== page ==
The school first realized there was a problem when they had to hide their students when Abercrombie and Fitch came to the school to do a photo shoot for their new catalogue. "Our students were scaring the models. They had never seen so many dorky people in one place at the same time," says Lucinda Wright from the Ministry of Information.
"I don't know, man. It was like, wow. The girls didn't even wear makeup and like, some of them didn't even shave their legs. I just wanted to sit there and cry, man," says Joey Scicola, Abercrombie and Fitch model.
After the photo shoot was over, the school realized something had to change. "Swarthmore may have used to be the Kremlin on the Crum but that's an image that needs some updating. Why can't we be the Calvin Klein on the Krum?" says Wright.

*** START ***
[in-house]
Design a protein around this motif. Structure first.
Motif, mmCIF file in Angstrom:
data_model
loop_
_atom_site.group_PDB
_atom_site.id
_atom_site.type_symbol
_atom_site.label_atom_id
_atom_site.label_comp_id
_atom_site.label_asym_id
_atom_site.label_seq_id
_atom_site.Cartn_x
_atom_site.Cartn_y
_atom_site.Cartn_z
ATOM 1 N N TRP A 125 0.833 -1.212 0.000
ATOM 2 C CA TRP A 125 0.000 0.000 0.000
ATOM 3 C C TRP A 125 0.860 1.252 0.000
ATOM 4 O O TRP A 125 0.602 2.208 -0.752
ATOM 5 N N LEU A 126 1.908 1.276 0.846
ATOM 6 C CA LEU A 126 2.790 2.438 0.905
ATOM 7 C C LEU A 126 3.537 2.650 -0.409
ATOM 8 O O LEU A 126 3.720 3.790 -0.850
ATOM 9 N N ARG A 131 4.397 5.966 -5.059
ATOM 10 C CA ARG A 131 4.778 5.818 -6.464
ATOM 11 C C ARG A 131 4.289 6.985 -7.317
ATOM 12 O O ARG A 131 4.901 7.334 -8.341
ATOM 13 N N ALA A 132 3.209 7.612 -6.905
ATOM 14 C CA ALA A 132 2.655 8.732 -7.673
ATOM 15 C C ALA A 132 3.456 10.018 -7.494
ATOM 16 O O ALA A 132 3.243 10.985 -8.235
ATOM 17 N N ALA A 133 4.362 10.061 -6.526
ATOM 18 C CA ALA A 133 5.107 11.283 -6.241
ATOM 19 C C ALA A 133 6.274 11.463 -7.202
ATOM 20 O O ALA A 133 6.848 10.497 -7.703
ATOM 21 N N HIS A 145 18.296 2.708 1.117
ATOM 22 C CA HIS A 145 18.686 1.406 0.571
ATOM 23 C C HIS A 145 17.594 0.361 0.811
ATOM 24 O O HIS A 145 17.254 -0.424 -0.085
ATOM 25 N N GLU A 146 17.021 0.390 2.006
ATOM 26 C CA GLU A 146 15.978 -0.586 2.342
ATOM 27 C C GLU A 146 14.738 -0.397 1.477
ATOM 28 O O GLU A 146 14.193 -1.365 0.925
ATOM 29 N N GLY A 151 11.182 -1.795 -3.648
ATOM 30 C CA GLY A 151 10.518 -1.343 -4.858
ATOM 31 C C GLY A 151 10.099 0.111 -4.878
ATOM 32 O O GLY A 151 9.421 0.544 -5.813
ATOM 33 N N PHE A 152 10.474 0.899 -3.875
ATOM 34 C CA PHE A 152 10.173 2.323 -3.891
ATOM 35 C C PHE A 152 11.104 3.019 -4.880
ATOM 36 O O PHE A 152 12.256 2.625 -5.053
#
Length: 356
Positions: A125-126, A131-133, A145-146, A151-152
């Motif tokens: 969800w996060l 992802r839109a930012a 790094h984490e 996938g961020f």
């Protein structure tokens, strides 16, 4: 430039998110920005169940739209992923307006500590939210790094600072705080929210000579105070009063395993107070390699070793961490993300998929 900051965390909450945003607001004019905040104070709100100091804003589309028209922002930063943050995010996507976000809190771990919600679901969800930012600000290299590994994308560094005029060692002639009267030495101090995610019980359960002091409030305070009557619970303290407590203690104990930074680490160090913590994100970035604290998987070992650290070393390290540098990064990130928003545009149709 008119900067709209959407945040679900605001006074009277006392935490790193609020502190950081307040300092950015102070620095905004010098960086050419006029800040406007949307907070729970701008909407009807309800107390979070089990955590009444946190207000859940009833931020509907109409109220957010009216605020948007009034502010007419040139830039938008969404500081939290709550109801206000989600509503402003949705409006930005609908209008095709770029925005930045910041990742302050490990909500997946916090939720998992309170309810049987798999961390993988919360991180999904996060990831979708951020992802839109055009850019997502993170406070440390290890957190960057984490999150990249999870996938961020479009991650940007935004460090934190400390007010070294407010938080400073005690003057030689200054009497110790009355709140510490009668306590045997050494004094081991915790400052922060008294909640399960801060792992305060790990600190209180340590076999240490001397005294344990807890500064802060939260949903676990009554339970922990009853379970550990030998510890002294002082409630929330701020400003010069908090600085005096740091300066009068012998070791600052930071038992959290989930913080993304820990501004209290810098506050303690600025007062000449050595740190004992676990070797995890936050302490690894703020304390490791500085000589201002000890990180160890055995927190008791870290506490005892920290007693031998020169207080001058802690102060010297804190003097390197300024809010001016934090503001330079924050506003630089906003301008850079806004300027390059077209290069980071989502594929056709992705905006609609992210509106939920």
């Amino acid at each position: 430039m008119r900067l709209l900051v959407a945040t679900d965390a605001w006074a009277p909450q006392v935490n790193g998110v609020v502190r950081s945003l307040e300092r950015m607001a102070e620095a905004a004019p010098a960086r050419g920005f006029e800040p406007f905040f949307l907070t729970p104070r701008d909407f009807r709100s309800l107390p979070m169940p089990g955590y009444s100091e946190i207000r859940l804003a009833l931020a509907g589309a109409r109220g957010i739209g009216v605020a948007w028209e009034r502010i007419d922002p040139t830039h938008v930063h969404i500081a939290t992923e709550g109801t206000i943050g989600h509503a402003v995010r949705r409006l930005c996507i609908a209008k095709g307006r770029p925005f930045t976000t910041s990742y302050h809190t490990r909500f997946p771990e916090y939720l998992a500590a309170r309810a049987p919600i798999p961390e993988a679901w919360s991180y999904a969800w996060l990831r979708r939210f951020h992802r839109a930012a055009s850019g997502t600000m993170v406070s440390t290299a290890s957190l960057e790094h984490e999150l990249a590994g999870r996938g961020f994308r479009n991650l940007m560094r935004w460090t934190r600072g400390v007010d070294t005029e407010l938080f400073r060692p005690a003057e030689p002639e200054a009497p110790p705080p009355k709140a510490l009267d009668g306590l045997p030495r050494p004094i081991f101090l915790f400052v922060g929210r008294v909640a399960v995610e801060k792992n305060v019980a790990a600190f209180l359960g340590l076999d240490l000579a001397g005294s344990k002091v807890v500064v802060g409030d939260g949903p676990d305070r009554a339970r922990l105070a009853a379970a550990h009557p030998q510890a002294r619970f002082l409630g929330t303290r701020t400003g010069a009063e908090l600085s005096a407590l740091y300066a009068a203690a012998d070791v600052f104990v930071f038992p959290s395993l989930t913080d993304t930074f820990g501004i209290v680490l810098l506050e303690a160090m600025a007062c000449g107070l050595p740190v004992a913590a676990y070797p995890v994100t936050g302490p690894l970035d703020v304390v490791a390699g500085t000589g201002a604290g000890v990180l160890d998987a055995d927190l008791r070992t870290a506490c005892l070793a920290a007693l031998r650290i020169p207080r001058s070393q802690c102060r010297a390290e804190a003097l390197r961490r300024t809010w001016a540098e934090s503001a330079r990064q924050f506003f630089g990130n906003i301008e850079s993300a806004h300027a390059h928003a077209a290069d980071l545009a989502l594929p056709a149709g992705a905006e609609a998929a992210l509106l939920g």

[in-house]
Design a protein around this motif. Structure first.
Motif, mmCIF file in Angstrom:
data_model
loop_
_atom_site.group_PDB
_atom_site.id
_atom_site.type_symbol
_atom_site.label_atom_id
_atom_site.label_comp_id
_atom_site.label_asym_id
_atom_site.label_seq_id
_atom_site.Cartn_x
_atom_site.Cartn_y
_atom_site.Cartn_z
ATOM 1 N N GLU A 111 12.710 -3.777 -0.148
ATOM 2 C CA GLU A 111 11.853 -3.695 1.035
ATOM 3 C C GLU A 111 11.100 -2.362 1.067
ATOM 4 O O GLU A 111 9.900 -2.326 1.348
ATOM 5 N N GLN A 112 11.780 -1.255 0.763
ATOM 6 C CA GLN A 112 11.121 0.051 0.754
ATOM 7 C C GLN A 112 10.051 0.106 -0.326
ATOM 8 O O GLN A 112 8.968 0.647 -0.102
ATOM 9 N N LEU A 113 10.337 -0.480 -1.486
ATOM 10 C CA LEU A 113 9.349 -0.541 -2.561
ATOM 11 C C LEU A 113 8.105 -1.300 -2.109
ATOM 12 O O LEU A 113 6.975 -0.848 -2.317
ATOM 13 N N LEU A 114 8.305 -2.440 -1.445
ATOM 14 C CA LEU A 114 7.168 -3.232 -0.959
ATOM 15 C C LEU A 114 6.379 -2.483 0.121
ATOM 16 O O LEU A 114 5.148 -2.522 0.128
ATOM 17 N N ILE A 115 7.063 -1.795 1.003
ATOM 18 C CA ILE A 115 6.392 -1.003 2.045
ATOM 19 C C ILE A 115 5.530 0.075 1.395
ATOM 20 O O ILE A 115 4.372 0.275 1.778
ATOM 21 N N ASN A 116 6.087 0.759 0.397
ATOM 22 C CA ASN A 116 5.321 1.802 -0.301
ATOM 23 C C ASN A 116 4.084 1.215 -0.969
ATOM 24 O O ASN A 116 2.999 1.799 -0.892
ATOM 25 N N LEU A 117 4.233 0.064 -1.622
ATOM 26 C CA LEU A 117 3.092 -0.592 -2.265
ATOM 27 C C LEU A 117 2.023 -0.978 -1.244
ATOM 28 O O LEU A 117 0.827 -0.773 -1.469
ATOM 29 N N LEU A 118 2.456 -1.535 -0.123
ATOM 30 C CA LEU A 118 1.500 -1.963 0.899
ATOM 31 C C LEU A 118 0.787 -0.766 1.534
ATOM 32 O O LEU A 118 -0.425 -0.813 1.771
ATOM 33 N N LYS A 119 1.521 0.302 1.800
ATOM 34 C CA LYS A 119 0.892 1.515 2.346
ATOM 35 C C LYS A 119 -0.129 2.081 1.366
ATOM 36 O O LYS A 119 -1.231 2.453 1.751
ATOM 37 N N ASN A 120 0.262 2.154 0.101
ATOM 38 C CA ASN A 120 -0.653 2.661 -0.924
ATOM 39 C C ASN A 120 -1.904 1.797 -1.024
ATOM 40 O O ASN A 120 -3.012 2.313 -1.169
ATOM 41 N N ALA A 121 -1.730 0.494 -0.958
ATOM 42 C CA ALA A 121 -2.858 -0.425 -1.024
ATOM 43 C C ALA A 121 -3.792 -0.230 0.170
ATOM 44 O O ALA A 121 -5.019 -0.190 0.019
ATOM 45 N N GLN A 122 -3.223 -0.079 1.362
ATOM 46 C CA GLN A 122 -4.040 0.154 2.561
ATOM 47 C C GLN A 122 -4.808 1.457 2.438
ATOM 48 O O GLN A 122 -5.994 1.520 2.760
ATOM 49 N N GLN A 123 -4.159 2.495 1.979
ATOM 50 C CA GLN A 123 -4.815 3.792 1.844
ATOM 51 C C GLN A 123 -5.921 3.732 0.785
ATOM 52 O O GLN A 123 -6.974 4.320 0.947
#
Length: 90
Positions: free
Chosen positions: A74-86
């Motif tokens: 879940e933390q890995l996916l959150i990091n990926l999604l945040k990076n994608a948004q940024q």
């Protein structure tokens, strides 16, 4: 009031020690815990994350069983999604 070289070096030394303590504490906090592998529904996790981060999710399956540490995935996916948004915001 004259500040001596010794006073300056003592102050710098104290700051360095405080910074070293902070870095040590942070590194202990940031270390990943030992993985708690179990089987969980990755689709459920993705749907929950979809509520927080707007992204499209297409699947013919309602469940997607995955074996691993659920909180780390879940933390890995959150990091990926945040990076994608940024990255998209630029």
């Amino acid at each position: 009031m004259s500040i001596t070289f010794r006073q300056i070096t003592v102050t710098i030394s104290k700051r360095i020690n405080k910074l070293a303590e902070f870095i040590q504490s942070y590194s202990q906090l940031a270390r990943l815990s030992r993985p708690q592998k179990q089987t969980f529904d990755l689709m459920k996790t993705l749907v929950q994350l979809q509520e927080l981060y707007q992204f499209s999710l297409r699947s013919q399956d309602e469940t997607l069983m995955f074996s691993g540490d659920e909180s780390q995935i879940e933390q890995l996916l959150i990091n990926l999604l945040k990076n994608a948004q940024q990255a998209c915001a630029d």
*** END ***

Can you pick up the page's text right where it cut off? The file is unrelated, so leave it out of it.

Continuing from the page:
In an effort to help the Real World cast in their job as new admissions officers, the Admissions Office has begun trying to streamline the admissions process. "We decided to get rid of those time-consuming essays. We are taking our cues from MTV itself. We are going to require video taped interviews instead. Interviews will be held in front of cameras in a "Real World Confessional" type manner. Greater emphasis will be placed on wardrobe and accessorizing. Each candidate, I mean applicant, will be ranked on a four smiley face scale," says Bock."
|By Momsdream (Momsdream) on Monday, September 27, 2004 - 12:41 pm: Edit|